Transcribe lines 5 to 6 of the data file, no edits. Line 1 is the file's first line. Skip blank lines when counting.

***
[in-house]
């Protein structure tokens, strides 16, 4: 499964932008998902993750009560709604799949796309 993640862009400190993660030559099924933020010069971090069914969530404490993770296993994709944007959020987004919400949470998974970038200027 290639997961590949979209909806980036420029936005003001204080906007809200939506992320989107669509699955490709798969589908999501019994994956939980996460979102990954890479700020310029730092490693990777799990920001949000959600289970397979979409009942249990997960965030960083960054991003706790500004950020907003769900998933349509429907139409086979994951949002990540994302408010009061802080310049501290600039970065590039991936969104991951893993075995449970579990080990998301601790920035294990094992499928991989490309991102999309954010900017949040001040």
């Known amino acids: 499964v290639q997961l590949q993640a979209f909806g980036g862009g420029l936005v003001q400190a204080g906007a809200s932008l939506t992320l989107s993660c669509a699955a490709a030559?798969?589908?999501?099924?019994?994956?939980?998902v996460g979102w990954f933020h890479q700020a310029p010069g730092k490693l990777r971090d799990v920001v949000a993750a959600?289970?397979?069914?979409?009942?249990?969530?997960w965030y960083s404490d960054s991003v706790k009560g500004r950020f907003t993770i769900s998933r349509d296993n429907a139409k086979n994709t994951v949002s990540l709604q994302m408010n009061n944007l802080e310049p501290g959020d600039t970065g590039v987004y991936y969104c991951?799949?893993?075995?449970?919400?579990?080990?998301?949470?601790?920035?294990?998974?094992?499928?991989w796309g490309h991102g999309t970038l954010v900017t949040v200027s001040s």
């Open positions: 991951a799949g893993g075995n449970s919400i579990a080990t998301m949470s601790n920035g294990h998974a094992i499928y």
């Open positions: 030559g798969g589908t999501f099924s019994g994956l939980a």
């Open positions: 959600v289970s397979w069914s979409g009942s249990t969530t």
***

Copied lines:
């Open positions: 030559g798969g589908t999501f099924s019994g994956l939980a």
């Open positions: 959600v289970s397979w069914s979409g009942s249990t969530t």